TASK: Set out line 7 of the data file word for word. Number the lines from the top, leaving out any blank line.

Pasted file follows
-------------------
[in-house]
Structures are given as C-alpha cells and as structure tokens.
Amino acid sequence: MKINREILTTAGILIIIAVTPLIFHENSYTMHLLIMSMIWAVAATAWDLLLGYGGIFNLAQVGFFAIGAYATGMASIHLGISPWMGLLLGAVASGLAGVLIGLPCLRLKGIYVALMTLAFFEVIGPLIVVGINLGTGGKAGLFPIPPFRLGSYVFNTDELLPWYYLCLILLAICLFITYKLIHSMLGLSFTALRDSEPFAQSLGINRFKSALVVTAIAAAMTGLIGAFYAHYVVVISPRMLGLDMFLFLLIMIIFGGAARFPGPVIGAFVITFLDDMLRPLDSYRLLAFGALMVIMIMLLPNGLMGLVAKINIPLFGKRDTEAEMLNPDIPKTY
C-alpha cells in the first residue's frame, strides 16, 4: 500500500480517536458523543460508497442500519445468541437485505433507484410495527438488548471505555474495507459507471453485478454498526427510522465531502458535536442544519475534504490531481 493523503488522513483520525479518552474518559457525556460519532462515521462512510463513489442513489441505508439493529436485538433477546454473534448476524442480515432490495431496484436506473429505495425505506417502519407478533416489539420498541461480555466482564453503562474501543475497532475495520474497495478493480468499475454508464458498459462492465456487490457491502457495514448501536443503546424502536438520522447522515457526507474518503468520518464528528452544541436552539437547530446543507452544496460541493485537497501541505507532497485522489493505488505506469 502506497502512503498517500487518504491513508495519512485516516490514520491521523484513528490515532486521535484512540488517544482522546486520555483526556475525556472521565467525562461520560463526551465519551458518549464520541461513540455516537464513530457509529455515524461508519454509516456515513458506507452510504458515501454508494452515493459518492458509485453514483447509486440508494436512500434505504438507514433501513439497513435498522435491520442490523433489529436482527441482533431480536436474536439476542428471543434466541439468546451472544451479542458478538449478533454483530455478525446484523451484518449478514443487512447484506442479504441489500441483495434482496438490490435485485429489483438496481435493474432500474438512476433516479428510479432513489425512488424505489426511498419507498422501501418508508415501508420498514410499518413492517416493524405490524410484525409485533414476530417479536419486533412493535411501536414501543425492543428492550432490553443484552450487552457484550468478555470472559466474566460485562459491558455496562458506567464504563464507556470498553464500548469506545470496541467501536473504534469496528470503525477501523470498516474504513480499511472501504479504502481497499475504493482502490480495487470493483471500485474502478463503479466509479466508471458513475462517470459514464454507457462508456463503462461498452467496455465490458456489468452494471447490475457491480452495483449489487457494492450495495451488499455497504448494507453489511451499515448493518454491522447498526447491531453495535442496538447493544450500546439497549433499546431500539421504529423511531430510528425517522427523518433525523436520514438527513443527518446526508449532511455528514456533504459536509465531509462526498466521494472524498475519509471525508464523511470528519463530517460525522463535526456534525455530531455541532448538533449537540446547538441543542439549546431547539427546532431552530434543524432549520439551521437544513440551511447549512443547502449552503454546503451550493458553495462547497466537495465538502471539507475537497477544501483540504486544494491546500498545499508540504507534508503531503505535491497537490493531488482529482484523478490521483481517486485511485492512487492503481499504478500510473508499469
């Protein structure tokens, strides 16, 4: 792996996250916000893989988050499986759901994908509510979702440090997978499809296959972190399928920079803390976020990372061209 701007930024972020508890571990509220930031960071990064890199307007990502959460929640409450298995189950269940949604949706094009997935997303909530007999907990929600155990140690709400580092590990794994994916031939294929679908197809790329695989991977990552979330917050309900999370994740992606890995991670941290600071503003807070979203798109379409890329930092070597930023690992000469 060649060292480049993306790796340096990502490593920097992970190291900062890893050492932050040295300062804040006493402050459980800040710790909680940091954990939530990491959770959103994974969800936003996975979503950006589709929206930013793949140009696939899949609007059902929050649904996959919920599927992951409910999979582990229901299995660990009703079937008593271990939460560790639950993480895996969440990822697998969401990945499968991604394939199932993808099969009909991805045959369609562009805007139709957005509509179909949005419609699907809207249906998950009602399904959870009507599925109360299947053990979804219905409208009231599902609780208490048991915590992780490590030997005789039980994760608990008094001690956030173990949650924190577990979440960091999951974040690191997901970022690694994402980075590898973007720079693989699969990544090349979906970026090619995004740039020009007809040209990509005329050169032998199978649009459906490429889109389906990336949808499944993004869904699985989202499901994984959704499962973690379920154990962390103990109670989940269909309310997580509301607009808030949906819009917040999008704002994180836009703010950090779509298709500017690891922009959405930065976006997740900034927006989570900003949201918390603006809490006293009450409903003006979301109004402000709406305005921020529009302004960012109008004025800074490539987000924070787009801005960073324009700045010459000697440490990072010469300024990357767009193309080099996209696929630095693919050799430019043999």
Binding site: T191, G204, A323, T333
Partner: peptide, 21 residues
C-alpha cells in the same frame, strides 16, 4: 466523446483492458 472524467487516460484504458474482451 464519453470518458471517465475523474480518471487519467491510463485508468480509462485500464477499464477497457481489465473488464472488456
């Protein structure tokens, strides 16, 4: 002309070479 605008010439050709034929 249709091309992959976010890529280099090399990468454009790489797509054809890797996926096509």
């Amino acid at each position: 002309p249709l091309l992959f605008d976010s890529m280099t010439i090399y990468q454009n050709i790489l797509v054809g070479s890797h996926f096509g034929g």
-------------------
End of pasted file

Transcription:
Partner: peptide, 21 residues